The headline prelim bout is between two lightweights who definitely deserve the spotlight. Both guys are electric, with the undefeated Patrick debuting in the UFC in spectacular fashion by finishing Garrett Whiteley back at UFC Fight Night 29. However, he’s going to be dealing with a completely different kind of beast in John “The Bull” Makdessi, who has knocked out eight of his opponents. I think Patrick will survive, but he’ll fail to advance this time around. Makdessi by decision.
UFC 169 Main Card (Pay per View, 10/9c)
Jamie Varner (21-8-1-2) (-120) vs. Abel Trujillo (11-5) (+120)
The opening fight of the main card is a very interesting one. On one side, there is Jamie Varner; a fighter who once wreaked havoc in the WEC before sputtering with an 0-3-1 record to finish his WEC career. Due to that funk, he was left out when the UFC decided to absorb the WEC a few years ago. However, after winning 3 of his next 4, the UFC decided to let him in. The results have been mixed, as he has alternated wins and losses. Since he lost his last bout, and is dealing with an opponent who has lethal knockout power, most people tend to believe he will use his wrestling to smother a solid wrestler in Trujillo. I, however, don’t believe that will be the case. Something tells me that Varner may actually try to stand with Trujillo, & even if he tries to wrestle Abel, I think Varner will get finished. Trujillo by ko round 1.
#5 John Lineker (23-6) (+130) vs. #7 Ali Bagautinov (12-2) (-140)
This fight may decide who the next flyweight title challenge may be, as the Brazilian Lineker battles the Russian Bagautinov. Lineker possesses something most flyweight fighters do not: elite knockout power. The man has finished his last 3 opponents in brutal fashion, and 11 overall. He has never faced anyone as good as Bagautinov, however. Lineker’s ground game is suspect, and that’s where the Russian shines. His gas tank is also suspect, and that favors Ali as well. I think at the end of the day, he will cause Lineker to tire out, before getting the late finish. Bagautinov by tko, late round 3.
#10 Frank Mir (16-8) (+340) vs. #9 Alistair Overeem (36-13) (-380)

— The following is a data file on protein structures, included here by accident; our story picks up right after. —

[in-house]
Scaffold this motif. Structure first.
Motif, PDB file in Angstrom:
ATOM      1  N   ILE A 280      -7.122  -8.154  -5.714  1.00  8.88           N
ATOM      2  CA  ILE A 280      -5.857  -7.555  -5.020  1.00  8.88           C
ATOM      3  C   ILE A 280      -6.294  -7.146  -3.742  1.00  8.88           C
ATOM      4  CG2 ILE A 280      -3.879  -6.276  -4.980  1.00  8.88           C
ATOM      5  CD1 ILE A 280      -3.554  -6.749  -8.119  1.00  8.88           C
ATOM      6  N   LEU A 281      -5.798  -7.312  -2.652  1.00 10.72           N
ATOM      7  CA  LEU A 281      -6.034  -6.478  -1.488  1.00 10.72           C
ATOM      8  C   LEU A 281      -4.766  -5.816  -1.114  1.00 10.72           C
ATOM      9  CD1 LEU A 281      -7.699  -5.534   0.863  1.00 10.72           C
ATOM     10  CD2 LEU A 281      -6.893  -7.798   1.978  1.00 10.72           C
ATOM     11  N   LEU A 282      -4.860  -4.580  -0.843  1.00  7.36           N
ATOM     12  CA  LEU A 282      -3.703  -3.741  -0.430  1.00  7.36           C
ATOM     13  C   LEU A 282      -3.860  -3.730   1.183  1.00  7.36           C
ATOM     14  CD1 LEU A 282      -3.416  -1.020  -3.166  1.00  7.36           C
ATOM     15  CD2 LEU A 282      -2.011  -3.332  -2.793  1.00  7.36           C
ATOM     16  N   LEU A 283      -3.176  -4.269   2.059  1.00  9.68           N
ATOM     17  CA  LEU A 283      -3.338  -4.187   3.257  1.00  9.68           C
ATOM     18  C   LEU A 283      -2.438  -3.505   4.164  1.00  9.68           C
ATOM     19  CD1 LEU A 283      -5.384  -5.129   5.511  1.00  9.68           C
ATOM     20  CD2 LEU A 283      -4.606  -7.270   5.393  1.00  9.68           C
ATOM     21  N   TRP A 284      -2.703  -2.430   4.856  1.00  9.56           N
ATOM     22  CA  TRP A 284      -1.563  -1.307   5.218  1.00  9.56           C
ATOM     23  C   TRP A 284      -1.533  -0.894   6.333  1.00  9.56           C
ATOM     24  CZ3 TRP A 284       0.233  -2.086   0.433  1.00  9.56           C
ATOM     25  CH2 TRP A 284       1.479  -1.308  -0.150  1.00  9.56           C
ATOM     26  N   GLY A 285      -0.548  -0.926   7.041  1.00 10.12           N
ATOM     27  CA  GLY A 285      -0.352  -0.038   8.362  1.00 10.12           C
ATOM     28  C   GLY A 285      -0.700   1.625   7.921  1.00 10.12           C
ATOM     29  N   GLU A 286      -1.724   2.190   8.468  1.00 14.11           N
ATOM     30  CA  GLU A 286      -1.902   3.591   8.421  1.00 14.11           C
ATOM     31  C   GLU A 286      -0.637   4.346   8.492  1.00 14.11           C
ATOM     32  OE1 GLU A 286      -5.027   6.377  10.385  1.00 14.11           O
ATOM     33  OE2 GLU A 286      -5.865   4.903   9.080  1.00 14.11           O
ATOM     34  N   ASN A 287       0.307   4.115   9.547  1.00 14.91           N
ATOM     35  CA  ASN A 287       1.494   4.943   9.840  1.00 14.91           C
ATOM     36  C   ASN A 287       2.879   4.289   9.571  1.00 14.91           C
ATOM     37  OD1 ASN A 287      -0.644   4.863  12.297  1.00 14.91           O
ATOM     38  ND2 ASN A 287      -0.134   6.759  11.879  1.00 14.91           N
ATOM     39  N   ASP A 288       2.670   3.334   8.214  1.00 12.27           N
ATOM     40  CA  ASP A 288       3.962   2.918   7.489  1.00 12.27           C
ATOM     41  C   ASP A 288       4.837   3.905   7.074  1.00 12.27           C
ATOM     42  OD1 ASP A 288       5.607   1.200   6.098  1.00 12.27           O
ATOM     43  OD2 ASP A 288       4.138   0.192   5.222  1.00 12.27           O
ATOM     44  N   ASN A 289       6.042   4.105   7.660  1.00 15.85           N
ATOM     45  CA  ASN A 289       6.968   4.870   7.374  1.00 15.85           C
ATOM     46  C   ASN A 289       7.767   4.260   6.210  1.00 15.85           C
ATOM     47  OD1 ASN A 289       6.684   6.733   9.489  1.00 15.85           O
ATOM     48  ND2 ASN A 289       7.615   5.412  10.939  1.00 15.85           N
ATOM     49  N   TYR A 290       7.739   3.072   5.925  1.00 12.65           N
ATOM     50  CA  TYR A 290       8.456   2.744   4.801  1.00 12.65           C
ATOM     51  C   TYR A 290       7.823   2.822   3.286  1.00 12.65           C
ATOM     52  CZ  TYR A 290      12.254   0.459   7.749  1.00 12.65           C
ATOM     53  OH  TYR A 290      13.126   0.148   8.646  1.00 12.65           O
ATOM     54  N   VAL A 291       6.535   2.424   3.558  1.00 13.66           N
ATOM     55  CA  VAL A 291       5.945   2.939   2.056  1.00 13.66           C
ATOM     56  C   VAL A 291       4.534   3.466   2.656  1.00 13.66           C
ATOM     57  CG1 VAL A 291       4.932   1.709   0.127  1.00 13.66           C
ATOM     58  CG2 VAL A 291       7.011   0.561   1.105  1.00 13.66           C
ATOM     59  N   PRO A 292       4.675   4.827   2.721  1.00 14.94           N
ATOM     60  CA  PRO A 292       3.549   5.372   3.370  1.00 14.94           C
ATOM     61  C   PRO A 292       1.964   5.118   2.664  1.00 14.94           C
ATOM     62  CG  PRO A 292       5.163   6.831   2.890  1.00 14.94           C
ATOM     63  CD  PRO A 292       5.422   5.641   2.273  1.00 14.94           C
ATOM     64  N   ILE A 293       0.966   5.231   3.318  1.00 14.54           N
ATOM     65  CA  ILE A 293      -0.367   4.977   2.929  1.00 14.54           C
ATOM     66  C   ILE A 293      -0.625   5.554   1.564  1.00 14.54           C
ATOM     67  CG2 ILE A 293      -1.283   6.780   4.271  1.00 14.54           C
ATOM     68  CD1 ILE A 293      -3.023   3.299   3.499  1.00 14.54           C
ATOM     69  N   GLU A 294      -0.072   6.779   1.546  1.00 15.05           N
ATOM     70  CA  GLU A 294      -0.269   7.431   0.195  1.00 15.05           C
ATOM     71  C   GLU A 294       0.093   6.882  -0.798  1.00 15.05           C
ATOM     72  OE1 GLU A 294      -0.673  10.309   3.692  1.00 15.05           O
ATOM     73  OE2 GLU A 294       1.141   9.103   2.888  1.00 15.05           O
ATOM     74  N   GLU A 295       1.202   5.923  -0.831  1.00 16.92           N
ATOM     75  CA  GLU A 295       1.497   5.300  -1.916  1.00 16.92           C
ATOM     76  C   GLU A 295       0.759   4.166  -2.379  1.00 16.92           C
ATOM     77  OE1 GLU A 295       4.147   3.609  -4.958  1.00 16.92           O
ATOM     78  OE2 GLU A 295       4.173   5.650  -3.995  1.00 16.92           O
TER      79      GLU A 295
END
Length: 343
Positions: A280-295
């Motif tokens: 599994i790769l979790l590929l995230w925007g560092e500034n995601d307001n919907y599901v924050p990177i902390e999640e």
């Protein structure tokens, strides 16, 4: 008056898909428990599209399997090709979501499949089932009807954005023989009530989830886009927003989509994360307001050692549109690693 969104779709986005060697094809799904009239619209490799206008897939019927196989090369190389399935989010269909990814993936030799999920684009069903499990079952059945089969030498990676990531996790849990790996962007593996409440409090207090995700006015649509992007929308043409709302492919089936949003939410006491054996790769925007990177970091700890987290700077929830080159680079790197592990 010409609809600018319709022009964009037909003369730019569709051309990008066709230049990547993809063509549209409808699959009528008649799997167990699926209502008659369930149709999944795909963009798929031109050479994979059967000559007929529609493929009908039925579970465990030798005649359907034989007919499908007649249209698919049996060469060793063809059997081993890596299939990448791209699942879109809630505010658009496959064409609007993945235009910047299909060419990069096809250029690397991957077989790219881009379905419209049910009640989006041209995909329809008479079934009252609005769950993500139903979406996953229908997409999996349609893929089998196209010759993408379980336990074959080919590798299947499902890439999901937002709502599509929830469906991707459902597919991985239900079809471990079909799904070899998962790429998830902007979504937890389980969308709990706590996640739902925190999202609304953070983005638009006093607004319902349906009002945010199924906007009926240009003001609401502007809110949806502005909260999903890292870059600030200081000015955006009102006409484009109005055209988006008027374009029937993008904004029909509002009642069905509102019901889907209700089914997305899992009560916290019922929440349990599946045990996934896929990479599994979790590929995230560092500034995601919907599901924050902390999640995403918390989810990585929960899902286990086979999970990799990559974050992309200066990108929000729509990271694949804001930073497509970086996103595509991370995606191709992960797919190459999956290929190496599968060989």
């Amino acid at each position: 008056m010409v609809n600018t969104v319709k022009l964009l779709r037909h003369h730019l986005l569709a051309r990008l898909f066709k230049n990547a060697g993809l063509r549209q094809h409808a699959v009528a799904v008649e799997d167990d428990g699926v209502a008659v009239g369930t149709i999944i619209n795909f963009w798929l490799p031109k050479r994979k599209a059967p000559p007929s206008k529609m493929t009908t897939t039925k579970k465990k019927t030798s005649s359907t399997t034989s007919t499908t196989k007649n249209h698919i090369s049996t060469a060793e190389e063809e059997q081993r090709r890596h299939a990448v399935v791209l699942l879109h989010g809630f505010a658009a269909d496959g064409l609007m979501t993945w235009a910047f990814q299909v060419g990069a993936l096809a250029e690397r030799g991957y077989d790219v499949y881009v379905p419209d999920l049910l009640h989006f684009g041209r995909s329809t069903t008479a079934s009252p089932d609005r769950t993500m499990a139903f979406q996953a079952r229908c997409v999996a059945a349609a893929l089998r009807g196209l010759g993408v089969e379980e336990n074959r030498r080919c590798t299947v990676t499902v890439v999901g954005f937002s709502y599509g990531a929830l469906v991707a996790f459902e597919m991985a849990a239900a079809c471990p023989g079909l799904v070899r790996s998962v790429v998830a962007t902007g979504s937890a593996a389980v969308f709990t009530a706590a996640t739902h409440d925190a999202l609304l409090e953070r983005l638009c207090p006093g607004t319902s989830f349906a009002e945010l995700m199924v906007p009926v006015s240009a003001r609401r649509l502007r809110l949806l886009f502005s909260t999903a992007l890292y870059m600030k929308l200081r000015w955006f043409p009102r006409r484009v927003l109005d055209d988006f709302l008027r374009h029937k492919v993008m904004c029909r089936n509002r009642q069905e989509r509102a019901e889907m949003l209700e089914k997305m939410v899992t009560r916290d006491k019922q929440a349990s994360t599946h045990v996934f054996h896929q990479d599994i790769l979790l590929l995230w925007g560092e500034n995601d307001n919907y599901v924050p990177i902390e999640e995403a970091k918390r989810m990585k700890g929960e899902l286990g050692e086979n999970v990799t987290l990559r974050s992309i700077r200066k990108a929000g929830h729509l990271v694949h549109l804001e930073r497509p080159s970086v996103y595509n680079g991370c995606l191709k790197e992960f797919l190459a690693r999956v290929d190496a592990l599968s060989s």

This fight sends off a somber tone more than anything else. Both guys have been fighting for a long time, and look like they are at the twilight of their careers. Both are on losing streaks(Mir’s lost three straight, Overeem 2), and a loss could result in a legend being cut from the UFC. Mir hasn’t been competitive in any of his last three, while Overeem has dominate the majority of his last two, only to flounder and get finished at the end. That will not be the case with the legendary striker this time around, in my opinion. While Frank Mir is one of the best submission specialists in heavyweight history, seven of his eight losses have come via knockout, and I think this one might just be the bitterest one for everyone to swallow. Overeem by brutal ko, round 1.
Featherweight Championship: (C) Jose Aldo (23-1) (-714) vs. #2 Ricardo Lamas (13-2) (+600)
In the co-main event of UFC 169, longtime featherweight kingpin Jose Aldo looks to defend the UFC belt only he has ever worn against his newest and potentially final contender, Ricardo Lamas. The reason why I say this is that Aldo has defeated every other contender his division has had to offer, and if he defeats Lamas, the Brazilian may finally heed the call so many MMA fans have been pleading for: a move up to lightweight. The man has won 16 straight, with his only loss coming nearly 9 years ago. However, he hasn’t looked the same since transitioning over to the UFC from the WEC, where he was a monster. His gas tank has become suspect, and he has only finished 2 fights inside the octagon. His opponent, Lamas, has finished 3 of his 4 opponents inside the octagon, and has earned his shot by being patience instead of being a loudmouth. I can’t believe so many “experts” think Aldo will finish him with ease. I do think he’ll get the win with a tko, but not as early as everybody else wants to believe. Aldo by tko round 4.
Bantamweight Championship: (C) Renan Barao (31-1) ( -303) vs. Urijah Faber (+291)
The main event of UFC 169 is a doozie. The original main event was supposed to be former champion Dominick Cruz vs interim champ Renan Barao in a title unification bout. However, despite looking like he had finally recovered from ACL issues that had kept him out for 2 years, Cruz had to pull out on January 6 due to a groin tear, and subsequently he finally vacated his belt. As a result, on just three weeks notice, Urijah Faber accepted the role of Barao’s first opponent as the undisputed bantamweight champion, a year and a half after losing the interim championship fight to him via unanimous decision. Since that fight, both fighters look as great as ever, and this fight could be a great one. As good as Faber is, I’m taking the guy with the 31 fight winning streak. Barao by unanimous decision.